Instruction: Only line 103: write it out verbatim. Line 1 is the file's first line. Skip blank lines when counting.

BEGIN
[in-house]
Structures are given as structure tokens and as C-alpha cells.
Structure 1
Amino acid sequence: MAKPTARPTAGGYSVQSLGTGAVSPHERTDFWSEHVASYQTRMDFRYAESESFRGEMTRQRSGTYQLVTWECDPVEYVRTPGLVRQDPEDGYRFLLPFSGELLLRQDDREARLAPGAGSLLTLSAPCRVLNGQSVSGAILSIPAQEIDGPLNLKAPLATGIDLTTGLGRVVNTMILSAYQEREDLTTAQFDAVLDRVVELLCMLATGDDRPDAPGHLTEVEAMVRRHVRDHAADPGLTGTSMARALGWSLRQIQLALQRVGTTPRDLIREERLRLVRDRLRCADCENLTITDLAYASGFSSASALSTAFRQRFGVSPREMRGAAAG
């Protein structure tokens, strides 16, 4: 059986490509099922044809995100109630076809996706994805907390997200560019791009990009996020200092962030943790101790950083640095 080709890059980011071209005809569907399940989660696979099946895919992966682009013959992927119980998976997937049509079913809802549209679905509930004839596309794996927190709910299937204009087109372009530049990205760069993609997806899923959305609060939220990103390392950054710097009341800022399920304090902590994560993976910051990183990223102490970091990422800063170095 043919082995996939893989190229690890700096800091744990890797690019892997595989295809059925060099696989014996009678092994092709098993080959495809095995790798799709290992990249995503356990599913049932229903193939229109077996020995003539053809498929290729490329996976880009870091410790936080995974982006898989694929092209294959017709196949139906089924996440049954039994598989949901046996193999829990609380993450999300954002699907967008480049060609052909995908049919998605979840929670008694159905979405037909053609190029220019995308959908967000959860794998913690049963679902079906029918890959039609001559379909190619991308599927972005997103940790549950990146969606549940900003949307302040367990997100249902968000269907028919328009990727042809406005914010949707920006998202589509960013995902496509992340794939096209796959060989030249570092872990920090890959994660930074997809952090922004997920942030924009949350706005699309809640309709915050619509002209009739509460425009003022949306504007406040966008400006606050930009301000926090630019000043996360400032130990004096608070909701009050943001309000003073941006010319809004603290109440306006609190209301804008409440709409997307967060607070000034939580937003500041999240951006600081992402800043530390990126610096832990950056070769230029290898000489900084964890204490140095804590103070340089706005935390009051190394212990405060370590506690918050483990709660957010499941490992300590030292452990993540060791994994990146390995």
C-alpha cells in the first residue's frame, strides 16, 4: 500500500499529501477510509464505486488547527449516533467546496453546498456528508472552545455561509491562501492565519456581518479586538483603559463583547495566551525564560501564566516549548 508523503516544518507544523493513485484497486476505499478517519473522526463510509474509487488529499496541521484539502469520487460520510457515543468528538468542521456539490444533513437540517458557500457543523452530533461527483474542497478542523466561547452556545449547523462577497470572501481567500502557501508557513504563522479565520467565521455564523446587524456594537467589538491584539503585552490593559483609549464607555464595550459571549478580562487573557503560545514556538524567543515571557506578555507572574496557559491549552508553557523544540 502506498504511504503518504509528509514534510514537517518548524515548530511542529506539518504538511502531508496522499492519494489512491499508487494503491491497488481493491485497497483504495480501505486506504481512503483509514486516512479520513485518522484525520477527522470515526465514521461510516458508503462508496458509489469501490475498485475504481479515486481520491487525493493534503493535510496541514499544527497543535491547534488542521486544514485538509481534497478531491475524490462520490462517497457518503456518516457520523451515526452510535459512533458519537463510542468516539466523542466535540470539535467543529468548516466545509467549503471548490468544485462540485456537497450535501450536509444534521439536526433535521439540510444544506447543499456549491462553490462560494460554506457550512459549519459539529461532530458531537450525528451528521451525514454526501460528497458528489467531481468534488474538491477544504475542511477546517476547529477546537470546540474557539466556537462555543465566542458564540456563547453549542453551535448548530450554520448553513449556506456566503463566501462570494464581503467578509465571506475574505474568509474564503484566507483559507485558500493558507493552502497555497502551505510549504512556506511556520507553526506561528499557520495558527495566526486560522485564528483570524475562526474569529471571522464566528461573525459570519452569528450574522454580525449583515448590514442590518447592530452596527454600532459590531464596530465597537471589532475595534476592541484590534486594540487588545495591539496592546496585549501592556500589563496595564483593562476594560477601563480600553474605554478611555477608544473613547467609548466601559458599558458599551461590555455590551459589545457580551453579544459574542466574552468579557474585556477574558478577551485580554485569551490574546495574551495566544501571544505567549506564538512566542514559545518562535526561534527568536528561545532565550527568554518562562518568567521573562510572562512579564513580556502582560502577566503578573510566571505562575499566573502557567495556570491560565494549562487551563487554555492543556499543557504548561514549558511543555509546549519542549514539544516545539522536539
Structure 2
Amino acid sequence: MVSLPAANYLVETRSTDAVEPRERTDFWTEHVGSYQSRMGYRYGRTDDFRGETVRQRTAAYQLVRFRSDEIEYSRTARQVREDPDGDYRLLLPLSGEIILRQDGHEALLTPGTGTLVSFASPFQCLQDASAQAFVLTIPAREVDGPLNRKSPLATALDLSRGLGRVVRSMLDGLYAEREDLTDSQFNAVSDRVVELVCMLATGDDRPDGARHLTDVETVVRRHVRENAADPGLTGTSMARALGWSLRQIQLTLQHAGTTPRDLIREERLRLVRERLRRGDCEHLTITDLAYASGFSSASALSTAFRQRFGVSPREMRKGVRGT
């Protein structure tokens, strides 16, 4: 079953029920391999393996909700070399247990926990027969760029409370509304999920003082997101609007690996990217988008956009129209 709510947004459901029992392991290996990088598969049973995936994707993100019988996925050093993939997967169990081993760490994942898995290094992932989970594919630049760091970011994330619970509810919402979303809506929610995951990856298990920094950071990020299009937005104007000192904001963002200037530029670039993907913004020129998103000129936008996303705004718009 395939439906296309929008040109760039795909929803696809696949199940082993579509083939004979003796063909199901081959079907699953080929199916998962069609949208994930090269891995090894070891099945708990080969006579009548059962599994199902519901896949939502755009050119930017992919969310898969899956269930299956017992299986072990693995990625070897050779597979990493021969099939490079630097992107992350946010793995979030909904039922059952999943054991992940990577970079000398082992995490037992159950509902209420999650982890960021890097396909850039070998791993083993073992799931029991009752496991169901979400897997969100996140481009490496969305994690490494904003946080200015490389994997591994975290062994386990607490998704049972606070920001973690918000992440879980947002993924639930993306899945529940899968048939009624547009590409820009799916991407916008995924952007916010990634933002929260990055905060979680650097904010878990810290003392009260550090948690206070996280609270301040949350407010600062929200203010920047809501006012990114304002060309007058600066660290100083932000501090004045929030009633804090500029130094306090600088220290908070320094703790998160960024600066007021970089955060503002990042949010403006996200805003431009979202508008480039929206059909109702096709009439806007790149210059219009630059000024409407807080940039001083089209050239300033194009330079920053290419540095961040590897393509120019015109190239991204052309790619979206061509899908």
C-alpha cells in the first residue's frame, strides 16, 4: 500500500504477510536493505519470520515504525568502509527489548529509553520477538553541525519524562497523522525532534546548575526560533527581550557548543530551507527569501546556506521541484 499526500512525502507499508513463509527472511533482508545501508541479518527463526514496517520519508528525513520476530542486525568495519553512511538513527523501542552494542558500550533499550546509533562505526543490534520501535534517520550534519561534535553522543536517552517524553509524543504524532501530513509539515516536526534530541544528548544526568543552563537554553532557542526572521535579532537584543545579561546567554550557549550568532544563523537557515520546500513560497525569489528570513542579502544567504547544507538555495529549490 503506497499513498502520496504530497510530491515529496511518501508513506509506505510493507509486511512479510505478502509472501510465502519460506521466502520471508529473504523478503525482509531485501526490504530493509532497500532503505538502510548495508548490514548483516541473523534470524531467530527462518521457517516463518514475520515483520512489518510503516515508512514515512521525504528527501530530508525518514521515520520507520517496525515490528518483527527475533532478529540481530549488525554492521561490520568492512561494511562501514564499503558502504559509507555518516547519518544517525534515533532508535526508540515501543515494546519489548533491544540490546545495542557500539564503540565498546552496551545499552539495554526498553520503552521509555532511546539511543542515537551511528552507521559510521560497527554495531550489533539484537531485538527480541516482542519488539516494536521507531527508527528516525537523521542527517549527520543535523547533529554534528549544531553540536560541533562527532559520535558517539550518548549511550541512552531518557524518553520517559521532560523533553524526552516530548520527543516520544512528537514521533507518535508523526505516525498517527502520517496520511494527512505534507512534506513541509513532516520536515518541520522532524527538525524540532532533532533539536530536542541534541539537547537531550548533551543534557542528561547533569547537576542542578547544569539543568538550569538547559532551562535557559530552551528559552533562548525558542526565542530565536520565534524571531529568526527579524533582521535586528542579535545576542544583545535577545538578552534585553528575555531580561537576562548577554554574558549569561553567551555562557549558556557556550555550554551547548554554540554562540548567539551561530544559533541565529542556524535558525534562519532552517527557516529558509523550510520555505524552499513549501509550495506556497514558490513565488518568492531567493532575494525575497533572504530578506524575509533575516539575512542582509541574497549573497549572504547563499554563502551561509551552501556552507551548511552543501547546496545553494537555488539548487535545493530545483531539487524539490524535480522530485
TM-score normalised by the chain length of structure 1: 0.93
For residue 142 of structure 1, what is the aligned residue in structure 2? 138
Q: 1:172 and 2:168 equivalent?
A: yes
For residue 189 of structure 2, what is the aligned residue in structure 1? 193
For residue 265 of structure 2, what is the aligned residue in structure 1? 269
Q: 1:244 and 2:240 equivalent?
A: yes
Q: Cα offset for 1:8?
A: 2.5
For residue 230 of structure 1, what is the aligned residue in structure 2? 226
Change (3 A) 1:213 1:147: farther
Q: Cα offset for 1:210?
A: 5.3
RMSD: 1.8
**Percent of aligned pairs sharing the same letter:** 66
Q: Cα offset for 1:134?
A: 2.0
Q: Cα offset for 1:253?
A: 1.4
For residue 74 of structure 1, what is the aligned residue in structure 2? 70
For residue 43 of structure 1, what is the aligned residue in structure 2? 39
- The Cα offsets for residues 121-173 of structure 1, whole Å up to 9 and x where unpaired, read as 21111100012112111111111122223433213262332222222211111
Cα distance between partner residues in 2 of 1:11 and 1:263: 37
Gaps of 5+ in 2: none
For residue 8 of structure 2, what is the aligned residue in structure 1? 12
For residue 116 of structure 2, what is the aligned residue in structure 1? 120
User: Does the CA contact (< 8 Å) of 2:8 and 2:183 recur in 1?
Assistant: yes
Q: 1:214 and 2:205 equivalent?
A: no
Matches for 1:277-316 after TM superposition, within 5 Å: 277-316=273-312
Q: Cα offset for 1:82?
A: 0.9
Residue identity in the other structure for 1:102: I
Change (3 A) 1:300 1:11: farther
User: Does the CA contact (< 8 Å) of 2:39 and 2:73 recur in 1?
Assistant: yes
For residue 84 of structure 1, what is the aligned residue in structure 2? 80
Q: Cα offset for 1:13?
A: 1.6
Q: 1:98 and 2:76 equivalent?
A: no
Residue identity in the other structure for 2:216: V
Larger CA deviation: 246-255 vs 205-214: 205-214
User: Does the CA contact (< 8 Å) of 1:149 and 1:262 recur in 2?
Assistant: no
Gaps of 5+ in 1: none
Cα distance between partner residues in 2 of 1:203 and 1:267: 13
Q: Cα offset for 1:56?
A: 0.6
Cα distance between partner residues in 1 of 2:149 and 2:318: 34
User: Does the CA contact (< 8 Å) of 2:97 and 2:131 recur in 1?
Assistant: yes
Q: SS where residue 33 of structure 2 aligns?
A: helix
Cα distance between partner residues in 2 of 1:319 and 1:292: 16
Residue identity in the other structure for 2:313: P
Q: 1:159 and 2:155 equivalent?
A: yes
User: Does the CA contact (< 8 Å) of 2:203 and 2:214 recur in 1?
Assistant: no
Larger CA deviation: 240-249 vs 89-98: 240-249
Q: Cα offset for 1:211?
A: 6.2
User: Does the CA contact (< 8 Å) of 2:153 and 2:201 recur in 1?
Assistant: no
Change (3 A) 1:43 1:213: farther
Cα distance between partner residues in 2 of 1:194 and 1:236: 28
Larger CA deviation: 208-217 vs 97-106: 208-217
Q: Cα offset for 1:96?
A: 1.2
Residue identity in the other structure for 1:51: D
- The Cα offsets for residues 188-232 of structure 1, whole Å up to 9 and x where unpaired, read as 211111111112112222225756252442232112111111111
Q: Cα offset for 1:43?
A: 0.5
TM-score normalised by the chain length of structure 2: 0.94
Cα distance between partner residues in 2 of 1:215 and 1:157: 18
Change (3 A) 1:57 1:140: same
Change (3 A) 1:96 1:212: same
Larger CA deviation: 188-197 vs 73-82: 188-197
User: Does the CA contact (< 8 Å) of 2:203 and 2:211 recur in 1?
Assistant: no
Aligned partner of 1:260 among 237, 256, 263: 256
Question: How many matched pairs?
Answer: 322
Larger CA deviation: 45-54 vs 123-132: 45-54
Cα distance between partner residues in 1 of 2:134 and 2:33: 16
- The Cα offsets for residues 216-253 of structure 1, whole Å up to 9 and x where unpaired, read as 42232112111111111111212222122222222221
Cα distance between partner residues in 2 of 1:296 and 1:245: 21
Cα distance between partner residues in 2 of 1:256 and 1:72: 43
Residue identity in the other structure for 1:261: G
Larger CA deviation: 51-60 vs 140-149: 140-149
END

Larger CA deviation: 51-60 vs 140-149: 140-149